We were earlier than planned but Mimi was gracious and read her book as we paddled around her pond and walked the dirt roads a bit, eating fresh raspberries. Then we watched a huge thunder storm roll in, roll over and pass on. Mimi made a delicious curry chicken dinner and we played a few rounds of banana gram  and slept soundly in a room overlooking pond. A gray morning greeted us as we left later than planned for Montreal. But the drive was pleasant and again, shorter than we had thought. We arrived at our 'hotel' at noon and the room was not ready. We discovered only as we were leaving the next day that we had misread the time and we were a full 2 hours early.

We talk a good game...July 24th 2011

We talk a good game...

Robert and Rosie did the framing of the screen house/shed extension.

Robert and I talk a good game about sweetly "doing nothing" but as soon as the sun went down I was immediately engaged in transferring old family videos to DVD. This is my idea of fun.  I love that the little gizmo in white is now all that is needed to connect and digitize from VHS tapes to .mov files. Back in the day I had to borrow a set up from a film-maker friend that cost about $1000 and was 20Xs the size. This set up was less than 1/10 the cost as well. Early in the AM I set this up to run with tapes of Xmas 2000. But when,  like an old fire horse, I heard Robert pounding nails into his screen house project and I found myself strapping on a tool belt to help shingle while the infernal machines worked on my project.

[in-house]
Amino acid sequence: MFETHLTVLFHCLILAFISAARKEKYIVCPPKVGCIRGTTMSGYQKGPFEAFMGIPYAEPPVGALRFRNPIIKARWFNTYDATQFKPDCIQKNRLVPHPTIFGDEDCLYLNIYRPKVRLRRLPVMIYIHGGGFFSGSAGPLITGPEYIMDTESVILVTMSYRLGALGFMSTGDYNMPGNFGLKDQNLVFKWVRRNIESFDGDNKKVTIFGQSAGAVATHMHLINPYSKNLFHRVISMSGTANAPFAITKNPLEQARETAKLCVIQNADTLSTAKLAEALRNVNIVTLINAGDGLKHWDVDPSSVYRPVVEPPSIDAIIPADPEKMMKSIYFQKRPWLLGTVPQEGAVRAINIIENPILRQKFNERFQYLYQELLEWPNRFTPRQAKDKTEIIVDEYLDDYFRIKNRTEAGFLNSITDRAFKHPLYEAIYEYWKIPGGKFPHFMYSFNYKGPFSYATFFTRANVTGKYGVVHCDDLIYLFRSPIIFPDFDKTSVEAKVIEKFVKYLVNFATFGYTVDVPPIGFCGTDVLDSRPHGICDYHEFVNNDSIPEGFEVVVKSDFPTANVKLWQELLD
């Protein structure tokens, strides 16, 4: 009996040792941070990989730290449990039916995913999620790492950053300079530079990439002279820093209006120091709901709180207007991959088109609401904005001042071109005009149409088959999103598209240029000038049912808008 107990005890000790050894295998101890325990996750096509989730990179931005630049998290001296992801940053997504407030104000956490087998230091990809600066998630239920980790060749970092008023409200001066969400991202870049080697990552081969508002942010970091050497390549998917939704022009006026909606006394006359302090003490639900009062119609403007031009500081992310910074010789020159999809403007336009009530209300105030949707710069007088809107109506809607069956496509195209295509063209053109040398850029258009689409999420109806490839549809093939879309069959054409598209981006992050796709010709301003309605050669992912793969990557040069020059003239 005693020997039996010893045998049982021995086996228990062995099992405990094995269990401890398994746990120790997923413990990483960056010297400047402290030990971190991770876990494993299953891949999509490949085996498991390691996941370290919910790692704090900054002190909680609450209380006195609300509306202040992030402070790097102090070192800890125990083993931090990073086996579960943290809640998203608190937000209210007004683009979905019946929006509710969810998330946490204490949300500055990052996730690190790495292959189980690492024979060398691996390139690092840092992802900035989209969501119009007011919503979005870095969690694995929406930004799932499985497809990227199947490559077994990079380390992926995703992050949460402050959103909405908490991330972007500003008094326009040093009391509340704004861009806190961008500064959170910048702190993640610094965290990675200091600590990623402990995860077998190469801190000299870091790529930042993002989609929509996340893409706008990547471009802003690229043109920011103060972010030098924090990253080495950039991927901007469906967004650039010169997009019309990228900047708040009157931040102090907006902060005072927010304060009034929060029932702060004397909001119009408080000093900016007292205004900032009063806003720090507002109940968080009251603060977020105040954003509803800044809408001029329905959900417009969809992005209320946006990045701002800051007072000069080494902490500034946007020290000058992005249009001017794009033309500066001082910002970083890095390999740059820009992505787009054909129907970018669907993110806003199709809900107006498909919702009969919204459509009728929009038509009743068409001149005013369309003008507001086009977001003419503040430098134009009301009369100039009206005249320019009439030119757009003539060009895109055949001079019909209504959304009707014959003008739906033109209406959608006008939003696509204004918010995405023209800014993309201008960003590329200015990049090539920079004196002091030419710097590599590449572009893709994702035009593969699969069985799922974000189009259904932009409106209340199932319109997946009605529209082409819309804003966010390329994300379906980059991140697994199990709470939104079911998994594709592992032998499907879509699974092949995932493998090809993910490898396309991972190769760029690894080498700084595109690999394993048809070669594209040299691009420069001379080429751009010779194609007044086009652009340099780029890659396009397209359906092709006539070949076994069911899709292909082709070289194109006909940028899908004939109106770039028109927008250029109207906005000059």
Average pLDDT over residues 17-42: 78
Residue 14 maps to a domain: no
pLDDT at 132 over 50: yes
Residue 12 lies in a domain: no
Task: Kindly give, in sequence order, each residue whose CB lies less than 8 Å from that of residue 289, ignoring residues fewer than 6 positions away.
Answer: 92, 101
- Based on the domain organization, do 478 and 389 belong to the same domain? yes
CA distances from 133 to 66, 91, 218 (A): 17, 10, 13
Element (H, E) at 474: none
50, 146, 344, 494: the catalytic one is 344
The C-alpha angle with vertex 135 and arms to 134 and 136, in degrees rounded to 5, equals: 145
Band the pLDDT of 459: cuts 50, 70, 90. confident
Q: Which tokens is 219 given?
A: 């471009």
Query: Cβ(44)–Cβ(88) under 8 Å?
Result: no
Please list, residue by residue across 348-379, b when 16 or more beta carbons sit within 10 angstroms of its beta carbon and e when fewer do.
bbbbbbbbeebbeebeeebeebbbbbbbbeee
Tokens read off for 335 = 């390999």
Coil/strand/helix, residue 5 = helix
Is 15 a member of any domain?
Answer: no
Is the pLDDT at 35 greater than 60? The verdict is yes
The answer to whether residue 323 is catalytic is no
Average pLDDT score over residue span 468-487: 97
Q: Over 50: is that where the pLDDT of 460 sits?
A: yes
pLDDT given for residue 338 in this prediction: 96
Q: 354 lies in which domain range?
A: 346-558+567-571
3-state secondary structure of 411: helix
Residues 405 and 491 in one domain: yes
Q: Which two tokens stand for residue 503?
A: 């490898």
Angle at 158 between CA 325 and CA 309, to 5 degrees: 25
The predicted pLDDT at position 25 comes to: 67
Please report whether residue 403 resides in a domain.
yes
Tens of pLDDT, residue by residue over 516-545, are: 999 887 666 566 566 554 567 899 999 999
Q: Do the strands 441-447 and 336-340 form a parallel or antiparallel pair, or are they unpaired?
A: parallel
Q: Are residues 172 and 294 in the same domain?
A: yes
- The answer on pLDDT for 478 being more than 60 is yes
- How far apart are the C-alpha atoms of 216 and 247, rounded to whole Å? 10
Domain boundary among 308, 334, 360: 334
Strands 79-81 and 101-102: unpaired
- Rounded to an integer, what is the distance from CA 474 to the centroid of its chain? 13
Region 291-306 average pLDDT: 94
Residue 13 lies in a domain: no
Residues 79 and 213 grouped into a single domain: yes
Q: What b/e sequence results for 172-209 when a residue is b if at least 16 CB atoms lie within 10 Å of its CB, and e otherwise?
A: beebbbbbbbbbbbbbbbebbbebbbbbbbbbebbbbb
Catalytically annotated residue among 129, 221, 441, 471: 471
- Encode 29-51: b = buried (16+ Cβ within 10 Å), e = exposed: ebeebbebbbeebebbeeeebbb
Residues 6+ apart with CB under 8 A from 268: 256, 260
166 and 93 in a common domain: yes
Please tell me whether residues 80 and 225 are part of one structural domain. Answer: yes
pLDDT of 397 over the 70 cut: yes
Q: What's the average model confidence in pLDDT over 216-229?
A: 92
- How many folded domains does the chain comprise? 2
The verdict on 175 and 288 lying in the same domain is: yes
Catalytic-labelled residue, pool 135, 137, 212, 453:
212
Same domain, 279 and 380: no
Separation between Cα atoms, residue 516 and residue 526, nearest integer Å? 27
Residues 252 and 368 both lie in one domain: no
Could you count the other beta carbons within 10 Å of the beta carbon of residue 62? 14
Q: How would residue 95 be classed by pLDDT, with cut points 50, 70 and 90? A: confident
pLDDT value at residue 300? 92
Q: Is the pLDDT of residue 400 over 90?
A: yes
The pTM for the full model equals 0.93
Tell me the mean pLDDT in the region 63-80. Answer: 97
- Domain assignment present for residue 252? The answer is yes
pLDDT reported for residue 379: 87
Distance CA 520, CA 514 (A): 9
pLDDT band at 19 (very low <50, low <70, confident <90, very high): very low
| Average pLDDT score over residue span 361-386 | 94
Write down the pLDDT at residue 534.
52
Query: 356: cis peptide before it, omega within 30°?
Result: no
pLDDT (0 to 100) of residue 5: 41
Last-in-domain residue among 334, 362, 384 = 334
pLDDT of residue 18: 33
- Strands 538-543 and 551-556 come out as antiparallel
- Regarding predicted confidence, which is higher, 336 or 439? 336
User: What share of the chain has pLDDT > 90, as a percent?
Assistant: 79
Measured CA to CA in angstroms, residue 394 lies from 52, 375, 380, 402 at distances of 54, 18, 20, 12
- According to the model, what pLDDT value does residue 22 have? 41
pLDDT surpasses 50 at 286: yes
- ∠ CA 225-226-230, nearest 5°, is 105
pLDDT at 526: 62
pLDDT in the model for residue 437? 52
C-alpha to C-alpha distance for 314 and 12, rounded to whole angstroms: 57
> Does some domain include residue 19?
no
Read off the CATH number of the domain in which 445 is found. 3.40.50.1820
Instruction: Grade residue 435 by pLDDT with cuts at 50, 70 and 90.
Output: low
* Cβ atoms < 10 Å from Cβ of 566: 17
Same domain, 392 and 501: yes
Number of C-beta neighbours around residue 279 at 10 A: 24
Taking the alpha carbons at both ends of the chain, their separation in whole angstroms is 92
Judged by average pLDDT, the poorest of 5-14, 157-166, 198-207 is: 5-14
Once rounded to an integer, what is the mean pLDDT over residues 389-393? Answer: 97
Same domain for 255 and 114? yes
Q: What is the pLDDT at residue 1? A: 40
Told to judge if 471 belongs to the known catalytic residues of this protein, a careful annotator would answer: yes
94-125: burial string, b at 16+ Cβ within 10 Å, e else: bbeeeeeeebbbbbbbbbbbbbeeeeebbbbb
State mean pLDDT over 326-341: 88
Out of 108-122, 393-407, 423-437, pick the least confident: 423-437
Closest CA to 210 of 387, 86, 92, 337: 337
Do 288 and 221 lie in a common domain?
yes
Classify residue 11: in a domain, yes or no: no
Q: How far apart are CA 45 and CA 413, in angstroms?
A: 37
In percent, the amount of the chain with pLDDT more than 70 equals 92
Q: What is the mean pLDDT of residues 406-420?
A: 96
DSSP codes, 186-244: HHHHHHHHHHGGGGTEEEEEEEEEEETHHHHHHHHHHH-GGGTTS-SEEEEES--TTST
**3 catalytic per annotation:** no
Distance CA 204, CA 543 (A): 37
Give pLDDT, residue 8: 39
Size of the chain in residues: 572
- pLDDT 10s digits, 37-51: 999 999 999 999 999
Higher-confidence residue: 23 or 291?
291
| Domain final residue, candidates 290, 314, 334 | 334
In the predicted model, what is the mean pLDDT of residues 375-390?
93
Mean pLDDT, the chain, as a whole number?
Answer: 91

White rectangle in middle is 'gizmo'
My favorite yellow hammer - which I used for 2 years as we built the houses here in Royalston, felt like an old friend. The hammer is light, well balanced and has an easy grip. But my upper body muscles did not find work familiar and hammering was not an old friend. The only muscle I use in my upper body is my damn mouth. Which came in handy as I convinced Robert that the 90+ degree heat was better suited to blue berry picking. After whacking my index finger, nailing shingles too low and bending and pulling 2 nails to each I sent home, we broke for a quick late lunch. And then we went in search of the low bush blueberries that were sited by Maureen earlier in the week. The roads in Lake Dennison were dry and dusty so we went slowly, drinking in the smells and sounds of summer.